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according appears Arboriculture ascer axle axle-bed bark beauty Beech branches broad carbonic acid circumstances climate Close Plantations comminution compost consequence considerable depth dispositions of wood earth Effect to Wood encreased executed expense exposure feet high fibres former Geopon greater ground growth horses improvement inches ingenious iron judicious labour Landscape Gardening Large Trees lative less Lime Machine manner manure mass means method mould nature nearly necessary nerally Note nourishment Nursery object observed open dispositions operation park Peat perly planter pole possess practice prepared principles proper proportion Protecting Properties purpose removed render respect roots season shelter shoot side single Trees situation soil sort species stem subjects subsoil success sufficient surface Taproot taste thick thing Third Wheel tion Trans Transplanting Trees trenching Ulmos Underwood Uvedale Price vegetable wheels whole woody plants workmen Younger Seneca
Página 401 - With mazy error under pendent shades Ran Nectar, visiting each plant, and fed Flowers worthy of Paradise, which not nice art In beds and curious knots, but nature boon Pour'd forth profuse on hill, and dale, and plain...
Página 408 - ... with obelisks placed between every two. There wants nothing but the embroidery of a parterre, to make a garden in the reign of Trajan serve for a description of one in that of King William.
Página 174 - ... they are likewise efficacious in producing the proper distribution of the animal or vegetable matter : when equally mixed with it, they prevent it from decomposing too rapidly ; and by their means the soluble parts are supplied in proper proportions.
Página 182 - Ammonia is formed by the union of the hydrogen of the water with the nitrogen of the atmosphere ; and nitre, by the union of oxygen and nitrogen ; the oxygen may also unite with the carbon contained in the soil, and form carbonic acid gas, and carburetted hydrogen. Heat is given out during these processes, and " hence,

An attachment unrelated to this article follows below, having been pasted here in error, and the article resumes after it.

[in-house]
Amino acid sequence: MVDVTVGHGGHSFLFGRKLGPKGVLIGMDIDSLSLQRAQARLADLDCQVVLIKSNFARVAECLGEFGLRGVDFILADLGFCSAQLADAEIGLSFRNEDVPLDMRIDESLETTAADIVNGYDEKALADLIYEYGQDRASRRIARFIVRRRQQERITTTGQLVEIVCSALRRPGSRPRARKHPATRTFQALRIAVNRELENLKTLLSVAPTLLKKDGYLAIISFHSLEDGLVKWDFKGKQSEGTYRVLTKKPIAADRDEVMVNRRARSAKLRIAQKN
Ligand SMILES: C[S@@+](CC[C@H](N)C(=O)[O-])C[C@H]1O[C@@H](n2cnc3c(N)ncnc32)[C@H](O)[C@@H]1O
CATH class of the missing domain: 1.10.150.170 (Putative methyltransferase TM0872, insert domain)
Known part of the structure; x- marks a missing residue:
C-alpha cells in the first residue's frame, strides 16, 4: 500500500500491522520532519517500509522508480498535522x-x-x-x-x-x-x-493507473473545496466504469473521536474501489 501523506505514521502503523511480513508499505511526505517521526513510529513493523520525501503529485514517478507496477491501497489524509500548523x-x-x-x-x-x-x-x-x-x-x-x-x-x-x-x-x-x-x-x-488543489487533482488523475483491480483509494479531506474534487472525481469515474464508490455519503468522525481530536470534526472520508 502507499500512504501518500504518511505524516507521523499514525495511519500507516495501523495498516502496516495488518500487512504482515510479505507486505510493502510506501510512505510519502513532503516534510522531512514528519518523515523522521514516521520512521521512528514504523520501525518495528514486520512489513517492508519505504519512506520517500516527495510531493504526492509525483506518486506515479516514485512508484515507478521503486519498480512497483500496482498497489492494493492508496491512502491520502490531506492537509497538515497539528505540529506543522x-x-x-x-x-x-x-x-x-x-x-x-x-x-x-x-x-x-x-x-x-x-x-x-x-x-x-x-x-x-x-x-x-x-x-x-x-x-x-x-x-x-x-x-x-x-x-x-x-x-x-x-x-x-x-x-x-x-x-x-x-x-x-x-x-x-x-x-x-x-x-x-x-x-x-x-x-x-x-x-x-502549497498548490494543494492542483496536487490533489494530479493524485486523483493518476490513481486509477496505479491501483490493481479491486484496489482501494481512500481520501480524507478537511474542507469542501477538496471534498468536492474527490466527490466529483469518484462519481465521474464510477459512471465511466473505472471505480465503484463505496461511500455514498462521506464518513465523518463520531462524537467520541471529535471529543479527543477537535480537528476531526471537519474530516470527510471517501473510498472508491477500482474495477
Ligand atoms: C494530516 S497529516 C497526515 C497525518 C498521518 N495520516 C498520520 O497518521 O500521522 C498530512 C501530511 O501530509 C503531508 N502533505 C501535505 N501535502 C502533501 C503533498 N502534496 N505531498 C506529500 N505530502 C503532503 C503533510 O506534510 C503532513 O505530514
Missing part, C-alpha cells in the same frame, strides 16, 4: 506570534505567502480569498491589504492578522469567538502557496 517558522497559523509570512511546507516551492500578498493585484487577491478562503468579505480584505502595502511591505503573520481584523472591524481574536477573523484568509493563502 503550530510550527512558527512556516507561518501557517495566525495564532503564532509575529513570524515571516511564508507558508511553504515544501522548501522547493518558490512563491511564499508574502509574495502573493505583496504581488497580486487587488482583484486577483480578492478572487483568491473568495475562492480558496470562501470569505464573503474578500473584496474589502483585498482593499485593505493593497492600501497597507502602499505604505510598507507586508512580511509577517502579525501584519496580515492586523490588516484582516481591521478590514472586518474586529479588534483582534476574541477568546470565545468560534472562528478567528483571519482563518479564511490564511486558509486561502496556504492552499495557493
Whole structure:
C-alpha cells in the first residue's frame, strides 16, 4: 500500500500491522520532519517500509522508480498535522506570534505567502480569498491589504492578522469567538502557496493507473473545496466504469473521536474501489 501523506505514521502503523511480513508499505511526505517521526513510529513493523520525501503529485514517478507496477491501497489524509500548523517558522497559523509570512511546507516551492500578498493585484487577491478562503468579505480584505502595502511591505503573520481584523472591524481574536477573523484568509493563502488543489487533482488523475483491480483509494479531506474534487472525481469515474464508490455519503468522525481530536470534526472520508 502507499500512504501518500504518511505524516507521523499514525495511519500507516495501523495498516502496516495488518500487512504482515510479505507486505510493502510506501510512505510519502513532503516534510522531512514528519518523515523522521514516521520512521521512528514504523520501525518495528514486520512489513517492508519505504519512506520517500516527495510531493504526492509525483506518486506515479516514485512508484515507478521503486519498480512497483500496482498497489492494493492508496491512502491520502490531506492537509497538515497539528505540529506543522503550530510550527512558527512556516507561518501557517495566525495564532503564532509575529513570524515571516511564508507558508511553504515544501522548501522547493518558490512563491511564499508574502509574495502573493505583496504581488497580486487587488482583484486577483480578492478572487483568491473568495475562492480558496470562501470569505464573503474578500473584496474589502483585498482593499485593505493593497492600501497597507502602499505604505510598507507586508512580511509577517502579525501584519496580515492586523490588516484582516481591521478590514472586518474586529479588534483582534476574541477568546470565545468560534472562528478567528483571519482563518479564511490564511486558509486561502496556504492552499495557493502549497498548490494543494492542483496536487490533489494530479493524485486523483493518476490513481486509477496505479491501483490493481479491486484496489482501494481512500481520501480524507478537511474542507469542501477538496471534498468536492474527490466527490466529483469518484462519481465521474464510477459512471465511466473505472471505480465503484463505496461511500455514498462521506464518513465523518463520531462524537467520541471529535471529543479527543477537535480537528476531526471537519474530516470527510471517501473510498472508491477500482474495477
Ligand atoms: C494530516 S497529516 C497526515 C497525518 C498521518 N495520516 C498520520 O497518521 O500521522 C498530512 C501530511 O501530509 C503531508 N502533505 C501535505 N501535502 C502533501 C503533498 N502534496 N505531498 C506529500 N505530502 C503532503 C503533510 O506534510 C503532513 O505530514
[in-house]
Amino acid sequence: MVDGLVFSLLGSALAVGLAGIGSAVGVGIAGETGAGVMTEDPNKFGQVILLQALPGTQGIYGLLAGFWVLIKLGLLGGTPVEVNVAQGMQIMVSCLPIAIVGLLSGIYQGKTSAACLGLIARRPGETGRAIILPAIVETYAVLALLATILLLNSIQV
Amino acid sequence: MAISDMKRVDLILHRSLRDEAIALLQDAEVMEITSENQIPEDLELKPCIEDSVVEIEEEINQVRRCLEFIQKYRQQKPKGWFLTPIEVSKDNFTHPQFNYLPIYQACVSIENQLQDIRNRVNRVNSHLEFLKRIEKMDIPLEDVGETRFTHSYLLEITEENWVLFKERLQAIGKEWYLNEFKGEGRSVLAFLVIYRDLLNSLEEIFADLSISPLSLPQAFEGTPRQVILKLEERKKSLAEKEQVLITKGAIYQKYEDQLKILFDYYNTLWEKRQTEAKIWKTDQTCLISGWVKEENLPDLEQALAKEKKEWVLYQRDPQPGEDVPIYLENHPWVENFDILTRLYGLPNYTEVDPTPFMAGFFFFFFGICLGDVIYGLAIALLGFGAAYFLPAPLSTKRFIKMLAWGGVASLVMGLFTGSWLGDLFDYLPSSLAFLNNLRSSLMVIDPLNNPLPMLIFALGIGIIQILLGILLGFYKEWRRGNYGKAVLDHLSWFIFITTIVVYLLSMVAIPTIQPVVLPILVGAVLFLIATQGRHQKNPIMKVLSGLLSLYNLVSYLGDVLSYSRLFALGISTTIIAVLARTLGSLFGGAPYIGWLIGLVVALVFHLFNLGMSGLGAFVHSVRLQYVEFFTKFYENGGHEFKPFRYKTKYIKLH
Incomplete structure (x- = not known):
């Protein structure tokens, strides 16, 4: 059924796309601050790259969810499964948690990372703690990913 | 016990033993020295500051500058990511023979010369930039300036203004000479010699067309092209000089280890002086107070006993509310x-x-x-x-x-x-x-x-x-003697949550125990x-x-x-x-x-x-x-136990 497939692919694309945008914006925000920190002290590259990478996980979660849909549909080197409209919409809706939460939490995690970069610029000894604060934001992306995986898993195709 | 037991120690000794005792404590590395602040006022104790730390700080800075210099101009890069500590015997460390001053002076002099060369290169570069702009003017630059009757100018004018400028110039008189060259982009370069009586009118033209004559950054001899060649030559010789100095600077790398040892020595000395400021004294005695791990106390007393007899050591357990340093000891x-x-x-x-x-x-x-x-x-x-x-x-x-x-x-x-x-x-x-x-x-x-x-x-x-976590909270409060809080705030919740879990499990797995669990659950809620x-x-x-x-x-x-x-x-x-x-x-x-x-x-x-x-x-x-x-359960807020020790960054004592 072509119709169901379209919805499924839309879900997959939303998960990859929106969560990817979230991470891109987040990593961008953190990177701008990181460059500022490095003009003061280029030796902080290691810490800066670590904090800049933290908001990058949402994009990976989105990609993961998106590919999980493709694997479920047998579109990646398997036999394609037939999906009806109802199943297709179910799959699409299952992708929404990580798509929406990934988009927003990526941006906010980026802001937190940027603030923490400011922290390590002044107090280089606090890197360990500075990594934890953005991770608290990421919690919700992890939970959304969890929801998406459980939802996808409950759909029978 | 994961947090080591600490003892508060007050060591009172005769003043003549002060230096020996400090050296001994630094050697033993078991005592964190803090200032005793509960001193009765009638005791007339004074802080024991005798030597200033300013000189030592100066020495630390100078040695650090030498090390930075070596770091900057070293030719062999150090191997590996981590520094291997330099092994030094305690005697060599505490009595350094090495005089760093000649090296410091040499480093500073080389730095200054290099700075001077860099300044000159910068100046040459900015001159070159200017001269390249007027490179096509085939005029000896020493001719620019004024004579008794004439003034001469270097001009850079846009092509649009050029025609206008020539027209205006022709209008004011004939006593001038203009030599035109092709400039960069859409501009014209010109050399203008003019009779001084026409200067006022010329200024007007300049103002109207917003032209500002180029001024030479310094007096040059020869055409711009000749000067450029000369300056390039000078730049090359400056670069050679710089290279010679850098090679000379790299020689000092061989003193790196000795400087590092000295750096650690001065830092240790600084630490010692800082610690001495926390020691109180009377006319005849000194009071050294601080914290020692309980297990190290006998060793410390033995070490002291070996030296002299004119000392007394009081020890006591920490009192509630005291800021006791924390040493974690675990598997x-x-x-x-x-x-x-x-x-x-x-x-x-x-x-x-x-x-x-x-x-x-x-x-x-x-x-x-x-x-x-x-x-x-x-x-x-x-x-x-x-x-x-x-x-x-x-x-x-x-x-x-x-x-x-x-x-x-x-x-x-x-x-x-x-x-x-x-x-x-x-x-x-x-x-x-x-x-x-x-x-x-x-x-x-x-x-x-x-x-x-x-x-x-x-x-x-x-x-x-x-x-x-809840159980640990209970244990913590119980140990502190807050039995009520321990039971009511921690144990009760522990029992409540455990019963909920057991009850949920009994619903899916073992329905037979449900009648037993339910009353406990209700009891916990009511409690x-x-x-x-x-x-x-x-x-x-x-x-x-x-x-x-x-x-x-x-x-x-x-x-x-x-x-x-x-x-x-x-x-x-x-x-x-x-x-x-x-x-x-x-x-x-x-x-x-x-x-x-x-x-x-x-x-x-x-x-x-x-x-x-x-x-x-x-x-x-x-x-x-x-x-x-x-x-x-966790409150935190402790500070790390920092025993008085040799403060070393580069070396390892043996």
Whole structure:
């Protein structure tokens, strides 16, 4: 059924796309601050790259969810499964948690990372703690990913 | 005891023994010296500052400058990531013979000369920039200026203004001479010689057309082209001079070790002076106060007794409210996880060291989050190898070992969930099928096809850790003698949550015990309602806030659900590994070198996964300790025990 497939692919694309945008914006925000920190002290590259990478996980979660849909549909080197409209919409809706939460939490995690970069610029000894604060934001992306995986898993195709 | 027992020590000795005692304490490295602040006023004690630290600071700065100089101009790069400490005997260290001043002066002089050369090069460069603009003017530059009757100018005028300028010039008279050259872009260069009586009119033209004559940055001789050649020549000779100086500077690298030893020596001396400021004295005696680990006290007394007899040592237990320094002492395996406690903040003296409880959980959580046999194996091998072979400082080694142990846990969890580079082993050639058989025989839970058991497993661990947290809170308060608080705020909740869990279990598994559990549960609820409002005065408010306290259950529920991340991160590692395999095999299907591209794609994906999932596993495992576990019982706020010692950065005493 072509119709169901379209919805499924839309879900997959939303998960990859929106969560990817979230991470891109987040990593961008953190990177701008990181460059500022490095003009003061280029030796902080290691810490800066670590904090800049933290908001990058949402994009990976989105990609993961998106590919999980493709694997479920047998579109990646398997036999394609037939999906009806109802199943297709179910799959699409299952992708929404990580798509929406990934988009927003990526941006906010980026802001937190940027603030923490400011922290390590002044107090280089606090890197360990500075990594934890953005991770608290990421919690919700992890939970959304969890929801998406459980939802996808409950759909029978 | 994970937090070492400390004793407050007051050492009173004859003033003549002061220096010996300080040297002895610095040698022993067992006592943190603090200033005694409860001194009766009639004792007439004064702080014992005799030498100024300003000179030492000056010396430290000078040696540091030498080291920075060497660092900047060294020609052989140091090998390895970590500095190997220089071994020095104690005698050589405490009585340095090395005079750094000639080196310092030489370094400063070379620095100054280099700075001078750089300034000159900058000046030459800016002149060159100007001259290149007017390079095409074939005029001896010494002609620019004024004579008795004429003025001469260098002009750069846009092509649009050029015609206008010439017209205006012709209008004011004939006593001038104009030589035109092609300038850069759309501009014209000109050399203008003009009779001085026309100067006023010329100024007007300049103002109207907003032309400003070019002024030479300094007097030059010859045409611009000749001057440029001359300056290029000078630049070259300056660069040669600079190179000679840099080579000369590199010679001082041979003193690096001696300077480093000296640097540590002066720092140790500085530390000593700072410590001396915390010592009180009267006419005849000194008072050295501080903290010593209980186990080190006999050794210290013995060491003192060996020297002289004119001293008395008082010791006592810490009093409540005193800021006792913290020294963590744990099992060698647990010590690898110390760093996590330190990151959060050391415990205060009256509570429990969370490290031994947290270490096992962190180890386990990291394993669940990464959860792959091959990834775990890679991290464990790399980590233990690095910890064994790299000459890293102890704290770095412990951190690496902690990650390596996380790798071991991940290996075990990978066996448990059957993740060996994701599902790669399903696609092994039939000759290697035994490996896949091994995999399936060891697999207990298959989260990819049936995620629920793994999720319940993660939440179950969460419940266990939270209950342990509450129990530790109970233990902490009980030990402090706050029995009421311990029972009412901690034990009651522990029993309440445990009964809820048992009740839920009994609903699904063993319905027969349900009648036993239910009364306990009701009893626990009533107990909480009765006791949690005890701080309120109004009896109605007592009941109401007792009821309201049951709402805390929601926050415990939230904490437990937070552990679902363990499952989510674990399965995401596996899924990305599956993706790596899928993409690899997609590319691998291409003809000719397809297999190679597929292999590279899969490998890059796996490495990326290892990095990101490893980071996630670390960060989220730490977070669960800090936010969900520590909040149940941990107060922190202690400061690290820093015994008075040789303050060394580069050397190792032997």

Página 129 - This is exemplified in the beech and sycamore, and still more in the ash, of which the fibrous roots sometimes amount to millions. Such soils accordingly furnish the best rooting ground, and are always favourites with the planter. To fit trees for removal to situations of great exposure, the roots may by artificial methods, be multiplied to a degree far beyond what can be accomplished by unassisted nature; and thus by art discreetly employed, the business of vegetation, that is, the circulation of...
Página 404 - The editor of this paper, is authorized to offer (and pledges himself for the performance) a gold medal with a suitable inscription, value one hundred dollars, or a piece of plate of equal value, for the best essay (its merits to be decided on by competent and impartial judges,) on the inadequacy of the wages generally paid to seamstresses, spoolers, spinners, shoebinders, Sec.
Página 18 - The fore-ground trees, the best that could be procured, placed on the eastern bank, above the water, broke it into parts with their spreading branches, and formed combinations which were extremely pleasing. The copse or underwood, which covers an island in the lake, and two promontories, as also an adjoining bank that terminates the distance, was seen coming down nearly to the water's edge. What was the most important of all, both trees and underwood had obtained a full and deepcoloured leaf, and...
Página 355 - I. The soil being light sand, the grove trees chiefly employed to form this plantation are beech, sycamore, birch, and a few limes. The copse or underwood consists of oak, mossy-cup oak, beech, chestnut, birch, Norway maple, holly, hazel, mountain-ash, and birds-cherry common and Canadian. Of the grove-wood it is a singular circumstance, that not a tree failed last season, notwithstanding the endurance, as well as severity of the drought, during a summer truly tropical. Some of the bushes, however,...
Página 418 - Pedestals, as for placing statues, wer*e ranged in different parts of the grounds, particularly along the broad walk, leading from the Palace to the Amphitheatre. On these pedestals, on extraordinary occasions, selected living figures, male and female, dressed in character, were placed, and taught to maintain certain...